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Brain Recording Bettered

New flexible sensor allows high resolution mapping of brain activity to better guide brain surgery

02 February 2022

Brain Recording Bettered

Mapping electrical activity in the brain during surgery helps doctors determine which parts are functioning, which maybe diseased, and which bits are safe to remove or treat. The surgeon places a flexible sensor – arranged as a grid of typically 16 to 64 channels – directly onto the cortex to get the most accurate readings possible. But while such sensors can resolve electrical signals to approximately the nearest centimetre, a newly developed one (pictured) is set to provide 100x better resolution – to the nearest millimetre. The new sensor has 1024 channels (in a 3.2cm square grid) or 2048 (in an 8cm square) and is made from thinner, more flexible material than previous iterations to enable a better fit to the contours of the cortex. In short, if this device can be proven safe for clinical use it would give brain surgeons unprecedented accuracy in determining borders between healthy and unhealthy tissue.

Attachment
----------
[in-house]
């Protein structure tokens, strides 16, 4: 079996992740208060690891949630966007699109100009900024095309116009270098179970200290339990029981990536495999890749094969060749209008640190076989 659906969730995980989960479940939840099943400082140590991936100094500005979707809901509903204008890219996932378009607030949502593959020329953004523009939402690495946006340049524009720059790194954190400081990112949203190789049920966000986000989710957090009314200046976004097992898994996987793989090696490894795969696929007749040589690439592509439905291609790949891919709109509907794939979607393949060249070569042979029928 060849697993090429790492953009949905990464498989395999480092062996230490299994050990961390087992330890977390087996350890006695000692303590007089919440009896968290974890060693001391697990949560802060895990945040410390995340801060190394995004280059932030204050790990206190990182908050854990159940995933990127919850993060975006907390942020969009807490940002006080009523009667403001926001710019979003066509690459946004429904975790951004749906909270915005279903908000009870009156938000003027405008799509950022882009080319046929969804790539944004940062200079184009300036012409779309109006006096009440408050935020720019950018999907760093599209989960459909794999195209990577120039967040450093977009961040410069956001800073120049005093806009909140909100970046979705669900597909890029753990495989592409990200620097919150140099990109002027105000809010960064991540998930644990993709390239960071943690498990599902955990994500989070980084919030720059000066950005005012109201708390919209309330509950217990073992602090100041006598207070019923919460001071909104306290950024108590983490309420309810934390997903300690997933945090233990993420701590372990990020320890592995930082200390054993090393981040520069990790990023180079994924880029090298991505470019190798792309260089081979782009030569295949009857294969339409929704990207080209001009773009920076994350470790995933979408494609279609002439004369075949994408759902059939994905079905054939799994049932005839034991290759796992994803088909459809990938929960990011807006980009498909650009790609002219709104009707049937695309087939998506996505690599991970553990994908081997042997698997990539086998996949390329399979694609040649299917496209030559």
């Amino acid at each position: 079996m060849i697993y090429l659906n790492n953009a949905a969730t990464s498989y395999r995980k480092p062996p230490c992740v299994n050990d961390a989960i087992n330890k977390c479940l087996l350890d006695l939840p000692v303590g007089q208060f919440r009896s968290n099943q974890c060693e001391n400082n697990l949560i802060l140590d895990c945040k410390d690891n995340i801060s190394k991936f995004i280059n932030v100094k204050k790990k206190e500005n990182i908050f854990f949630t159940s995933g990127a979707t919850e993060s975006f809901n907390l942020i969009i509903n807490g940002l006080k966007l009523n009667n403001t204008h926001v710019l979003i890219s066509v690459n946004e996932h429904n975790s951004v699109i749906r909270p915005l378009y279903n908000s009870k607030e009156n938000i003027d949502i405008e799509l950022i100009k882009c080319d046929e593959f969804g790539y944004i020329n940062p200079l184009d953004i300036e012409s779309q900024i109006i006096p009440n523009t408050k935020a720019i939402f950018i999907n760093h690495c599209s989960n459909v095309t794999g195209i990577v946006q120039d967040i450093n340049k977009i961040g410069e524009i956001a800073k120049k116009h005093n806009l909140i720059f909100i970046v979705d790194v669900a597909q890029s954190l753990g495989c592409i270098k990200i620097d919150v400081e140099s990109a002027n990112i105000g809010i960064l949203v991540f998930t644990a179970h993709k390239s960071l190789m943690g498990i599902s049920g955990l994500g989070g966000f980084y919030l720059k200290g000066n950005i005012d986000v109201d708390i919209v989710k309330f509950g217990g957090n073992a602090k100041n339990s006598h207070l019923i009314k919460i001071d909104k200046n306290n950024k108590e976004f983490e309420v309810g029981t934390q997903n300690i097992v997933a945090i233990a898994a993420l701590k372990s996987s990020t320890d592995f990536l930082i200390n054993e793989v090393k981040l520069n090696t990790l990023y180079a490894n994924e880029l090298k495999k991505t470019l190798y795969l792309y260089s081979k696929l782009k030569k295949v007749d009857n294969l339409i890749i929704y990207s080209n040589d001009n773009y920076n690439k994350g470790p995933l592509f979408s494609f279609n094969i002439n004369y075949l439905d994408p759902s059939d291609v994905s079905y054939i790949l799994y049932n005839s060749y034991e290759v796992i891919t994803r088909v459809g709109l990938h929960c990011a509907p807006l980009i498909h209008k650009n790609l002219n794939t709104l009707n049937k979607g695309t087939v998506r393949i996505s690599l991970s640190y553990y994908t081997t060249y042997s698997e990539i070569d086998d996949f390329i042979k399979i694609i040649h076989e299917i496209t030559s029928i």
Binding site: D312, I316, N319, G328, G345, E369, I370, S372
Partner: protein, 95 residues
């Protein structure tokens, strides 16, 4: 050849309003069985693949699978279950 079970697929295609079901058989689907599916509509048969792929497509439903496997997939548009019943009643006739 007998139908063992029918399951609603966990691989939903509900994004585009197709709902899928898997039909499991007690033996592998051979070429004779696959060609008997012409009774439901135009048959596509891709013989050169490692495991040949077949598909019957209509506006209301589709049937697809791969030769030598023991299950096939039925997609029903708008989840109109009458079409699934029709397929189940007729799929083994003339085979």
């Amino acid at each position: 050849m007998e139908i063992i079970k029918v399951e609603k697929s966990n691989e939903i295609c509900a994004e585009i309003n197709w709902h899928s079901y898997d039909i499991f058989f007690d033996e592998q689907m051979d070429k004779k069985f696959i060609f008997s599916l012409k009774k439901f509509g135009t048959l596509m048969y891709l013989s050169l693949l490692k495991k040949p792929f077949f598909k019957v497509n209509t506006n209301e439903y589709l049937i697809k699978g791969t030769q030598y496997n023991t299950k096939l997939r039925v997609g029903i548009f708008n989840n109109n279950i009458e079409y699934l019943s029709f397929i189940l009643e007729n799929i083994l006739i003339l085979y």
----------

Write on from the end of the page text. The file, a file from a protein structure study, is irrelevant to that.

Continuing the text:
Written by Ruth Williams

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BPoD stands for Biomedical Picture of the Day. Managed by the MRC Laboratory of Medical Sciences until Jul 2023, it is now run independently by a dedicated team of scientists and writers. The website aims to engage everyone, young and old, in the wonders of biology, and its influence on medicine. The ever-growing archive of more than 4000 research images documents over a decade of progress. Explore the collection and see what you discover. Images are kindly provided for inclusion on this website through the generosity of scientists across the globe.

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